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  July 10th, 2024 | Written by

Supply-Chain Financing for Some, but Not All 

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High interest rates are pummeling nearly every facet of the economy. Yet one area that typically performs well in elevated interest rate environments is now also being re-examined, especially by firms with the cash flow to choose alternative routes.

Also known as vendor financing, supply chain financing is short-term in nature. It allows buyers to hold their cash for longer and pay invoices at more comfortable intervals. Another favorable point of this type of short-term financing is that it is typically not counted as debt on corporate balance sheets. 

Yet, with rising interest rates, what was once a cheap form of financing is no longer available, and liabilities have essentially reached their breaking point for many firms. During the pandemic, supply-chain financing was everpresent. The vendor’s invoices were paid by a third party, typically a bank, and the company then paid the bank the invoiced amount, but normally at a later date. The company’s credit rating determines the bank’s cut. 

The corporate supply-chain finance market exploded to $1.8 trillion in 2021, up 38% from the previous year. In all fairness, most companies turn to supply chain financing in elevated interest rate environments. If a buyer’s credit, for example, is higher than the supplier’s, supply-chain financing lessens the vendor’s need to consider higher-cost financing elsewhere. However, with companies with ample liquidity, a supply-chain finance program can introduce unnecessary volatility in the company’s cash flow. Moreover, once the company stops using this type of financing, the exit can result in a major cash flow hit.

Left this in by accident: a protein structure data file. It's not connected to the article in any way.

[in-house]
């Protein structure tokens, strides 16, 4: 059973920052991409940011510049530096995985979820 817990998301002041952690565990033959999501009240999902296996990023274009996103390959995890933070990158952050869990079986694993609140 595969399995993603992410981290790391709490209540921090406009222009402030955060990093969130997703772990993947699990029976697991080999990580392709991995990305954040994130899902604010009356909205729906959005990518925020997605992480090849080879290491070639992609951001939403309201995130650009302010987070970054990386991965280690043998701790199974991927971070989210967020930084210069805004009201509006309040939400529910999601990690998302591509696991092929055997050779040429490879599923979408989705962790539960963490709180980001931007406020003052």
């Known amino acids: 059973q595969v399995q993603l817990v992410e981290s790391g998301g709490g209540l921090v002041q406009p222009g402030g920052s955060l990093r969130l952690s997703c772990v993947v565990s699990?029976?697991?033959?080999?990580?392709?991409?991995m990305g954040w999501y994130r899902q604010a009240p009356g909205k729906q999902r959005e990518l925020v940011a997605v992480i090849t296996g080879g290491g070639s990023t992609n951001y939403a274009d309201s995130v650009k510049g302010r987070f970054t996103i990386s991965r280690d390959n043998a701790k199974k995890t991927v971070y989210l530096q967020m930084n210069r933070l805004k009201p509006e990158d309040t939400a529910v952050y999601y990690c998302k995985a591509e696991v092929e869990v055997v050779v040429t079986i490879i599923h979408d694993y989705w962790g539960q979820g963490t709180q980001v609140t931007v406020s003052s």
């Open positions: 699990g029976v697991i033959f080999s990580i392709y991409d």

Public companies like AT&T and others are always seeking to simplify. By paring back on supply-chain financing obligations AT&T is eliminating messy variables from its cash flow and projecting forward with increasing certainty. Additionally, firms the size of AT&T have the financial position to be able to put together direct supplier financing programs or traditional supply-chain financing where an AT&T vendor sells its receivables directly to a financial institution.

Companies will always want to ensure their key suppliers remain in business. Supply-chain financing checks this box, but the complexities it adds, especially in high-interest-rate environments for large companies, present more liabilities from an accounting and shareholder perspective.